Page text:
Reform Scotland, today calls for the devolution of corporation tax to Scotland to enable the creation of a more attractive business environment. In a new report – Growing Up: A Corporation Tax For Scotland – the think tank outlines why devolution of the tax is needed, and how it could be designed to boost the Scottish economy and benefit broader society.
Scotland lags the UK as a whole in key economic areas:
- Scotland’s working age population is projected to stall by 2043; the UK’s is not
- Only 0.6% of Scottish taxpayers pay the Additional Rate, compared to 1.1% in the UK as a whole
- Scotland has fewer than 750 businesses per 10,000 adults, while the UK has over 1,000.
Scotland’s tax revenues currently fall disproportionately on poorer people. Nearly 44% of non-savings, non-dividend income tax comes from the lowest earners, whereas in the rest of the UK the figure is just over 35%. Despite the fact Scotland has higher top rates of tax than the rest of the UK, the burden rests more on those at the bottom because the nation has fewer wealthier earners. Whereas almost £1 in every £3 raised in the rest of the UK is from the highest earners, less than £1 in every £6 comes from Scotland’s richest.
The Scottish Government should be given control of corporation tax to widen the basket of taxes available to it. Then, Reform Scotland recommends:
- The opportunity should be taken to design a corporation tax policy that attracts more entrepreneurs to Scotland, incentivises the creation and development of new businesses and, ultimately, produces more top-rate tax-payers
- The Scottish Government could offer a zero rate of corporation tax for new businesses setting up in Scotland, including for a set period after they begin to earn profits
- Such a policy would have no cost because it would apply only to newly created enterprises. Those businesses will contribute in other ways to public revenue, particularly through employment.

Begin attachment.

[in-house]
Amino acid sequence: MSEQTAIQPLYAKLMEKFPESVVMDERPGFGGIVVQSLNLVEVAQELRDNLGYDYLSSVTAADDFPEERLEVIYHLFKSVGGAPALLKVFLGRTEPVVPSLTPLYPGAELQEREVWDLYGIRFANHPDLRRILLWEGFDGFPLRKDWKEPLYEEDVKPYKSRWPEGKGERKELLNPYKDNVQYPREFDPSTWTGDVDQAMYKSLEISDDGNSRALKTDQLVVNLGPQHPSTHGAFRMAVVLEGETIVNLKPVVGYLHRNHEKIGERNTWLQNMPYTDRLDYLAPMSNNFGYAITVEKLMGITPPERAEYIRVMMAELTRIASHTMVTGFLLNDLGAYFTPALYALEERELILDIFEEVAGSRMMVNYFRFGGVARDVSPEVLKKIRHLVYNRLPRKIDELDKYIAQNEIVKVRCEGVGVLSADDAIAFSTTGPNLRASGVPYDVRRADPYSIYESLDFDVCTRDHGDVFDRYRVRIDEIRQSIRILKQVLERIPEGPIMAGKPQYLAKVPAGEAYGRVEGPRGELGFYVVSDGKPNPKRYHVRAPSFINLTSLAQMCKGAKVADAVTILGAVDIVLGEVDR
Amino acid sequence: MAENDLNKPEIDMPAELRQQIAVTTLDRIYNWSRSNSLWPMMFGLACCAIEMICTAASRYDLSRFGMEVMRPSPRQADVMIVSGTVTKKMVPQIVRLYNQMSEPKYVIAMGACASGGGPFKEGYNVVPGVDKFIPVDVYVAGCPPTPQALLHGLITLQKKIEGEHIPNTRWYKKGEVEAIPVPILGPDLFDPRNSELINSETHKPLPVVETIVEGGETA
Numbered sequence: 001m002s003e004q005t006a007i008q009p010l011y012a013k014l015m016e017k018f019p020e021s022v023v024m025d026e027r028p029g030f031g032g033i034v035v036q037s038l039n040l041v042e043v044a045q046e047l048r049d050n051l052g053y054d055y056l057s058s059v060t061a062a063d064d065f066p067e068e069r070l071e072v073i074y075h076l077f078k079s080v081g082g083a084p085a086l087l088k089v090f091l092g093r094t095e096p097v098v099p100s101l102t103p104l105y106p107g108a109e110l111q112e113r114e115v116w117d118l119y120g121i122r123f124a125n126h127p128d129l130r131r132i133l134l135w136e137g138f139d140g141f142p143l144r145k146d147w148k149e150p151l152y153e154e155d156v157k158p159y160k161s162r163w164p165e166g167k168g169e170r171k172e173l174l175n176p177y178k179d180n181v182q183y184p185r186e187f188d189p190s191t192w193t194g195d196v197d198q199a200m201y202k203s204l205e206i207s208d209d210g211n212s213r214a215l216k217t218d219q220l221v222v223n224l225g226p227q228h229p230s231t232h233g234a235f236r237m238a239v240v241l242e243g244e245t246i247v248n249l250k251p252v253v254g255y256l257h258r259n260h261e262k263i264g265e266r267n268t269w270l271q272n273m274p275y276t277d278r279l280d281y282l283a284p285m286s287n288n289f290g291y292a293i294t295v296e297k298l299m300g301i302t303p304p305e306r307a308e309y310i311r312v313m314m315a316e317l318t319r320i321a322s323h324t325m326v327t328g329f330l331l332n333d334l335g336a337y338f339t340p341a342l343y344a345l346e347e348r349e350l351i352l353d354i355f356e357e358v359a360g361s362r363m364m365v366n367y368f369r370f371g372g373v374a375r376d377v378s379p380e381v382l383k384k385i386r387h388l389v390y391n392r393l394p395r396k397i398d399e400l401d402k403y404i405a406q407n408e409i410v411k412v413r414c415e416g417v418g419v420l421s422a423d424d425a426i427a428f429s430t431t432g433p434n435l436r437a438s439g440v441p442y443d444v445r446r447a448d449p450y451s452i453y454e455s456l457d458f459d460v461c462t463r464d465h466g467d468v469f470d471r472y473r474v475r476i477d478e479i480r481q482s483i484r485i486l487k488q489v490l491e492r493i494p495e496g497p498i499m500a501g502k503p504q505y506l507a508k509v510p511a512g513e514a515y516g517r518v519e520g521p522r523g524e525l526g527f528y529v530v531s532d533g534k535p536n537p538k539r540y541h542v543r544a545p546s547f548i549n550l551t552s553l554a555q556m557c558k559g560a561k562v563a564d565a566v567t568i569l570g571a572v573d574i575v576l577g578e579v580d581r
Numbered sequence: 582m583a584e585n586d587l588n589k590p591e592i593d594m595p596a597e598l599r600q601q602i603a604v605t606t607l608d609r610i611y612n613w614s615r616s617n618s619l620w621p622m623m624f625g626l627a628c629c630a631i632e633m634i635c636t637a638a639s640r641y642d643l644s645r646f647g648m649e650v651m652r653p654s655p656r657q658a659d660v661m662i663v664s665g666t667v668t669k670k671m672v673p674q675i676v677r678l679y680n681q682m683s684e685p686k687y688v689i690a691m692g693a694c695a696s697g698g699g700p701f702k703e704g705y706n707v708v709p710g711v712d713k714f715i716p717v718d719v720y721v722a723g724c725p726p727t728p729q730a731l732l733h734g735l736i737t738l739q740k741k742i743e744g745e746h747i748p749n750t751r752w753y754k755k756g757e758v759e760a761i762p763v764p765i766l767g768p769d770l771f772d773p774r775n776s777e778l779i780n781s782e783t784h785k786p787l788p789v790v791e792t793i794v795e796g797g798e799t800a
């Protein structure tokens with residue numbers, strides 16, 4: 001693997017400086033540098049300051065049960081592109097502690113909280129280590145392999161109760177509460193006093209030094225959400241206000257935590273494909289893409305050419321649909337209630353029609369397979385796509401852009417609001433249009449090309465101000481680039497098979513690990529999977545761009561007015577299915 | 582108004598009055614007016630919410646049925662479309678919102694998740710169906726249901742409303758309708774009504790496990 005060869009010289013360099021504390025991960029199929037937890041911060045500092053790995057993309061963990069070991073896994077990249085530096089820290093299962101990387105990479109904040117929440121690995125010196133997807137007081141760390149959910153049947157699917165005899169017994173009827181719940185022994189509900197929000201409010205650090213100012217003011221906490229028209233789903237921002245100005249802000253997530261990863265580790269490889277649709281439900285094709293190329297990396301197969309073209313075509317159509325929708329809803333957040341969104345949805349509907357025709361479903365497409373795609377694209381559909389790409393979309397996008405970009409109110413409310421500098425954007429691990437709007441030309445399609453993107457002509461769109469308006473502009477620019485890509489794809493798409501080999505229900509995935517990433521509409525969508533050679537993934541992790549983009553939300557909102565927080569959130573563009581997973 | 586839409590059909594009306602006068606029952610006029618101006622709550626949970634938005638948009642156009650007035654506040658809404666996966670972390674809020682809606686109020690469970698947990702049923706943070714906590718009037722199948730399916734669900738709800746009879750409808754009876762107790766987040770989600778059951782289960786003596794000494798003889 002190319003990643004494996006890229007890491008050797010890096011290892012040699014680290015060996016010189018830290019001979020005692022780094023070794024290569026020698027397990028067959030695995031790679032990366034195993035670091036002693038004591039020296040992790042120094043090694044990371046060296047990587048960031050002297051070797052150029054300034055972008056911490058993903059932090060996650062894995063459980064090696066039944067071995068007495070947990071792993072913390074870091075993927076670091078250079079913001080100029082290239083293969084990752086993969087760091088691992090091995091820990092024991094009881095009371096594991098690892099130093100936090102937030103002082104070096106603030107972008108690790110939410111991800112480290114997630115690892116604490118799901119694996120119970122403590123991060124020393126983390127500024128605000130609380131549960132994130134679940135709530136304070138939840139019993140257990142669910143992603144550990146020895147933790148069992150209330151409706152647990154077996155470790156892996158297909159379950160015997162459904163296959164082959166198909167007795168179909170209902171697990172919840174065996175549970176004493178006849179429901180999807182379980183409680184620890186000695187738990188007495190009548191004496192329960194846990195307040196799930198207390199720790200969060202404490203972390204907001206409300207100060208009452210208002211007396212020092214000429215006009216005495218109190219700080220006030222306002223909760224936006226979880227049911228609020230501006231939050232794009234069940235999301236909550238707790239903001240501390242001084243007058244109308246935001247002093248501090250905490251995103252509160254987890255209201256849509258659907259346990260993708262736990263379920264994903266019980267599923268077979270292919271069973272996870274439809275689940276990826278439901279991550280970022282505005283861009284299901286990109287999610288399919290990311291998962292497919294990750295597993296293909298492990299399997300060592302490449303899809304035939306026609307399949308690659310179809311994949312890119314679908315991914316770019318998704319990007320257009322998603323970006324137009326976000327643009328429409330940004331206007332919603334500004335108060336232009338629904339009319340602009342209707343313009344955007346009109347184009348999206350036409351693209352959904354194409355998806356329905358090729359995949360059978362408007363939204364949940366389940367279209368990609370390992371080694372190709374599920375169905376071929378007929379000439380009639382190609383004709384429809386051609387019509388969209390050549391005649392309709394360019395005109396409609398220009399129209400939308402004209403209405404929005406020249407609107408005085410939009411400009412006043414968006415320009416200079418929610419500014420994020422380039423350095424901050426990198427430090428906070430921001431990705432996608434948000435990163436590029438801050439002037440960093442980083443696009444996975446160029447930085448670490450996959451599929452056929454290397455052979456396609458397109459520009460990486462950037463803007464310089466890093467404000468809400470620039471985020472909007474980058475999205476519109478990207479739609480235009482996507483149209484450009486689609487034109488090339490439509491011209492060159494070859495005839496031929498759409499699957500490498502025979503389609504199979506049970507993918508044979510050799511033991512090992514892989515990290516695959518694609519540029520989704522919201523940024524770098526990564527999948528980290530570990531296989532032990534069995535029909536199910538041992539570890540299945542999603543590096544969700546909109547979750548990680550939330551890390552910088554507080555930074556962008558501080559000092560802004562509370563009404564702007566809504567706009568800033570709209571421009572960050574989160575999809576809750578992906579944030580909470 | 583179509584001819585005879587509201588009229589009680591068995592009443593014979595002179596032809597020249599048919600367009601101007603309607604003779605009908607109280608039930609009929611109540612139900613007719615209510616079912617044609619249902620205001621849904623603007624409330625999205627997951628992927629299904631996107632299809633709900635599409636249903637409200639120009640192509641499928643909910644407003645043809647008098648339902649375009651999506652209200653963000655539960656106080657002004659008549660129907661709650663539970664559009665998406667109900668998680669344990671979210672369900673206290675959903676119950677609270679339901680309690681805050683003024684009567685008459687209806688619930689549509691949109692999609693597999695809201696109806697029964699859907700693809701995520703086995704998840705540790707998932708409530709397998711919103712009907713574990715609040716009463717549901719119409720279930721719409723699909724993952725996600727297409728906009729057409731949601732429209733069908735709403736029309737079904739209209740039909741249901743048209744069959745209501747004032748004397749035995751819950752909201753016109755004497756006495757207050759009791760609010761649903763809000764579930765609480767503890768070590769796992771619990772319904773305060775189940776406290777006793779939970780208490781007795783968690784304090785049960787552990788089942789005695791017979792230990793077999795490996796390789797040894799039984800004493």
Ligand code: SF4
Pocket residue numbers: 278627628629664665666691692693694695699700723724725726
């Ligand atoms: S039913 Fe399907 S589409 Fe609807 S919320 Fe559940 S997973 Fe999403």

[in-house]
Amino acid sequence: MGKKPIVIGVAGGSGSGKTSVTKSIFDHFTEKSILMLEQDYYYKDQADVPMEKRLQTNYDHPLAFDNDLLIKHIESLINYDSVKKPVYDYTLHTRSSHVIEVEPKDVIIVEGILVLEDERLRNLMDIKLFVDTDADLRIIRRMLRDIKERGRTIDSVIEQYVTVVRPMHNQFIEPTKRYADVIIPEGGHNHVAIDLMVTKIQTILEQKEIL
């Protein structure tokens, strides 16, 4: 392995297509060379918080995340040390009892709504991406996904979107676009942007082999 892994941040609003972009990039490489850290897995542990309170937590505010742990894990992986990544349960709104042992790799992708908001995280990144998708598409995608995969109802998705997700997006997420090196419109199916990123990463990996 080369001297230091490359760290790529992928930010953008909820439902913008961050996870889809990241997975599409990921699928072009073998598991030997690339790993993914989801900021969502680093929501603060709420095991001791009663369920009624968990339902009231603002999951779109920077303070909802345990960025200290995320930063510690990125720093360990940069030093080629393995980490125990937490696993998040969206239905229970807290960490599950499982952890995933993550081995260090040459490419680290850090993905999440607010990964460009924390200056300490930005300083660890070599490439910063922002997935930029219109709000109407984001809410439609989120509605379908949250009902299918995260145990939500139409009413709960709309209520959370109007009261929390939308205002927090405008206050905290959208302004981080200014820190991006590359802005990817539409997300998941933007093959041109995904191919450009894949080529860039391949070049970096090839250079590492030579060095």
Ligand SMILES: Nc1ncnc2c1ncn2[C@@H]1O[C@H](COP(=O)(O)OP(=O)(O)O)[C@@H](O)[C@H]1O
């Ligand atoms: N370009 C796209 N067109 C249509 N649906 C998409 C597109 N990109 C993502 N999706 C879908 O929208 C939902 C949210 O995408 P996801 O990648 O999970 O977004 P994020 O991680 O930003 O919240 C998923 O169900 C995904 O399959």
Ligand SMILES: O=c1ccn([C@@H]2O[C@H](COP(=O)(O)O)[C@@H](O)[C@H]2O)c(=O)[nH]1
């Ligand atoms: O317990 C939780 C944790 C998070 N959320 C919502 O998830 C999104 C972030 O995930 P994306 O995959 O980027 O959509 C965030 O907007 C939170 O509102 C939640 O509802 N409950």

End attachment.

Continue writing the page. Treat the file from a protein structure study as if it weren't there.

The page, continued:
Such a step would send a clear message that Scotland is a welcoming and competitive place to do business, encouraging innovators to set up here and lay roots for the longer term. Policies could also be designed to aid particular sectors, as well as to help grow existing businesses.
Commenting, Chris Deerin , Director of Reform Scotland, said:
“The reality is that without a more vibrant business-creation environment, Scotland will continue to have fewer high earners than it needs. This makes us more heavily dependent on lower earners than the rest of the UK.
“The public purse is facing real and growing pressures, and so to pay for social security and public services for decades to come, we need to re-engineer our tax system. Today, Reform Scotland suggests one method of doing that, in a way that can benefit the whole of society.
“By devolving corporation tax to Holyrood, a policy can be designed specifically for Scotland to encourage the creation of more new businesses, new jobs, and ultimately higher tax revenues.
“The devolution of corporation tax to Northern Ireland shows that there is no administrative impediment to devolution – all that is required is political will.”